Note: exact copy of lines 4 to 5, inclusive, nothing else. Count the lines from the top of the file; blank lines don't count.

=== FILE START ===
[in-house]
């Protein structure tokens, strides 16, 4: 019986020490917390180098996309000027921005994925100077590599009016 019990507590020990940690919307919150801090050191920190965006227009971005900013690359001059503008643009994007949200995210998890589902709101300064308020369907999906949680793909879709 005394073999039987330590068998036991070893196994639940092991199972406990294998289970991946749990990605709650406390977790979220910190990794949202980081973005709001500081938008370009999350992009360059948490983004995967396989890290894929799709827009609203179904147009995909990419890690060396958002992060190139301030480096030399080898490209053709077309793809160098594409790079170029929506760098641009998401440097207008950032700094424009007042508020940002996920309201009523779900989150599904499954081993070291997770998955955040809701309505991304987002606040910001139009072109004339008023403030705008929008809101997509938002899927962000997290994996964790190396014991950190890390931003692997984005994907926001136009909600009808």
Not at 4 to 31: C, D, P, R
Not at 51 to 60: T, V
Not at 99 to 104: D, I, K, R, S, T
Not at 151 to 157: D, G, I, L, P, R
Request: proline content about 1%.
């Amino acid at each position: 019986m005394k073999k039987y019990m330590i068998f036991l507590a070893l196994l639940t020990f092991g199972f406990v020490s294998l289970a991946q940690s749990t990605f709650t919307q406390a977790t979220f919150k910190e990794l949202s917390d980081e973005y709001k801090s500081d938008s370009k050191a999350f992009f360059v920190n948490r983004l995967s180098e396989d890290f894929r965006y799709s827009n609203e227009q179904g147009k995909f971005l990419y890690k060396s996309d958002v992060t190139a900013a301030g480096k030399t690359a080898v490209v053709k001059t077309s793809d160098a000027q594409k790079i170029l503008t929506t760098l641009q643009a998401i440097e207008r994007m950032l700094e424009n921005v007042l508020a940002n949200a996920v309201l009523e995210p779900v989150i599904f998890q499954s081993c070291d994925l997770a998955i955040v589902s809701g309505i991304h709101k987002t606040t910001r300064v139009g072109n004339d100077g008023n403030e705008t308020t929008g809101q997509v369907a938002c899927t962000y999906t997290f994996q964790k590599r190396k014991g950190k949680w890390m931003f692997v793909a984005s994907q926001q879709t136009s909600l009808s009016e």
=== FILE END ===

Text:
Not at 51 to 60: T, V
Not at 99 to 104: D, I, K, R, S, T